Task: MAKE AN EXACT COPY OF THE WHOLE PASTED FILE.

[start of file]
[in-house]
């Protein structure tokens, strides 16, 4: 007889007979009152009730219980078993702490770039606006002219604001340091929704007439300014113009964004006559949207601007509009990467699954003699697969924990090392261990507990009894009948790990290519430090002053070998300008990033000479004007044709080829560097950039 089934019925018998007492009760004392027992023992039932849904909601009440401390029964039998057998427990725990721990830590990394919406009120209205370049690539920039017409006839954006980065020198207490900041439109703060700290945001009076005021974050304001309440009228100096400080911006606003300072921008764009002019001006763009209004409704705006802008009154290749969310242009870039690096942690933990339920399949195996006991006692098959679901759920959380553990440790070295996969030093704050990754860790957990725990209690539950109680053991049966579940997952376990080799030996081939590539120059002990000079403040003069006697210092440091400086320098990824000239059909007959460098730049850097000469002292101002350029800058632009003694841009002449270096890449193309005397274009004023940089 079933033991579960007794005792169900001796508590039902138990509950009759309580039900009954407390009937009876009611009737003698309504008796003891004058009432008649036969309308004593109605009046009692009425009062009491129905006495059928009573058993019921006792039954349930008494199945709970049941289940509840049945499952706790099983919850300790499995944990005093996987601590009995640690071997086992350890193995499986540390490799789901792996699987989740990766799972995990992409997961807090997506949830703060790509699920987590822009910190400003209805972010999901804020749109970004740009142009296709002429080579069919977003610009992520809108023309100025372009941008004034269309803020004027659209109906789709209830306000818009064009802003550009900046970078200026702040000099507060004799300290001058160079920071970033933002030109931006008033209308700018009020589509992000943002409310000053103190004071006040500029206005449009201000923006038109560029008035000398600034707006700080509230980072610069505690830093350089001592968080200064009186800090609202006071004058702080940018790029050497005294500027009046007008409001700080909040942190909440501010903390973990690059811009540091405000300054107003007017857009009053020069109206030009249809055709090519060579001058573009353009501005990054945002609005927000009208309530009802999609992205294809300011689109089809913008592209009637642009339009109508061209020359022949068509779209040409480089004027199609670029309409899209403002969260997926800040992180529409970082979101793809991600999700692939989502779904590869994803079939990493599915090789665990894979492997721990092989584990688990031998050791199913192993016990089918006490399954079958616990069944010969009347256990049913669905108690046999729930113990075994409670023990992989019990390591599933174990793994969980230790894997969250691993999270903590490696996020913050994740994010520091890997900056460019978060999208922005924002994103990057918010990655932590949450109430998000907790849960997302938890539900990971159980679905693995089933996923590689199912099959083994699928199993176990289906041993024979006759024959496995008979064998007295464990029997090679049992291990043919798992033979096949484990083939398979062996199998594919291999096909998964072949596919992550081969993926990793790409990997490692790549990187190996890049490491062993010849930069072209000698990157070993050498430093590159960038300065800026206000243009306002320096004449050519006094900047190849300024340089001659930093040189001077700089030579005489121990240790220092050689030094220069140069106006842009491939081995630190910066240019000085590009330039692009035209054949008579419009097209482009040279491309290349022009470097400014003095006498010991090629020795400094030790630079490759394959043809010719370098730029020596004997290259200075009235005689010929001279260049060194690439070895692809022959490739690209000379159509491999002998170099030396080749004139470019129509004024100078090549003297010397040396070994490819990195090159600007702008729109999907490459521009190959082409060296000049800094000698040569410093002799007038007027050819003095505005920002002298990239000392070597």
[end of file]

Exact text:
[in-house]
């Protein structure tokens, strides 16, 4: 007889007979009152009730219980078993702490770039606006002219604001340091929704007439300014113009964004006559949207601007509009990467699954003699697969924990090392261990507990009894009948790990290519430090002053070998300008990033000479004007044709080829560097950039 089934019925018998007492009760004392027992023992039932849904909601009440401390029964039998057998427990725990721990830590990394919406009120209205370049690539920039017409006839954006980065020198207490900041439109703060700290945001009076005021974050304001309440009228100096400080911006606003300072921008764009002019001006763009209004409704705006802008009154290749969310242009870039690096942690933990339920399949195996006991006692098959679901759920959380553990440790070295996969030093704050990754860790957990725990209690539950109680053991049966579940997952376990080799030996081939590539120059002990000079403040003069006697210092440091400086320098990824000239059909007959460098730049850097000469002292101002350029800058632009003694841009002449270096890449193309005397274009004023940089 079933033991579960007794005792169900001796508590039902138990509950009759309580039900009954407390009937009876009611009737003698309504008796003891004058009432008649036969309308004593109605009046009692009425009062009491129905006495059928009573058993019921006792039954349930008494199945709970049941289940509840049945499952706790099983919850300790499995944990005093996987601590009995640690071997086992350890193995499986540390490799789901792996699987989740990766799972995990992409997961807090997506949830703060790509699920987590822009910190400003209805972010999901804020749109970004740009142009296709002429080579069919977003610009992520809108023309100025372009941008004034269309803020004027659209109906789709209830306000818009064009802003550009900046970078200026702040000099507060004799300290001058160079920071970033933002030109931006008033209308700018009020589509992000943002409310000053103190004071006040500029206005449009201000923006038109560029008035000398600034707006700080509230980072610069505690830093350089001592968080200064009186800090609202006071004058702080940018790029050497005294500027009046007008409001700080909040942190909440501010903390973990690059811009540091405000300054107003007017857009009053020069109206030009249809055709090519060579001058573009353009501005990054945002609005927000009208309530009802999609992205294809300011689109089809913008592209009637642009339009109508061209020359022949068509779209040409480089004027199609670029309409899209403002969260997926800040992180529409970082979101793809991600999700692939989502779904590869994803079939990493599915090789665990894979492997721990092989584990688990031998050791199913192993016990089918006490399954079958616990069944010969009347256990049913669905108690046999729930113990075994409670023990992989019990390591599933174990793994969980230790894997969250691993999270903590490696996020913050994740994010520091890997900056460019978060999208922005924002994103990057918010990655932590949450109430998000907790849960997302938890539900990971159980679905693995089933996923590689199912099959083994699928199993176990289906041993024979006759024959496995008979064998007295464990029997090679049992291990043919798992033979096949484990083939398979062996199998594919291999096909998964072949596919992550081969993926990793790409990997490692790549990187190996890049490491062993010849930069072209000698990157070993050498430093590159960038300065800026206000243009306002320096004449050519006094900047190849300024340089001659930093040189001077700089030579005489121990240790220092050689030094220069140069106006842009491939081995630190910066240019000085590009330039692009035209054949008579419009097209482009040279491309290349022009470097400014003095006498010991090629020795400094030790630079490759394959043809010719370098730029020596004997290259200075009235005689010929001279260049060194690439070895692809022959490739690209000379159509491999002998170099030396080749004139470019129509004024100078090549003297010397040396070994490819990195090159600007702008729109999907490459521009190959082409060296000049800094000698040569410093002799007038007027050819003095505005920002002298990239000392070597």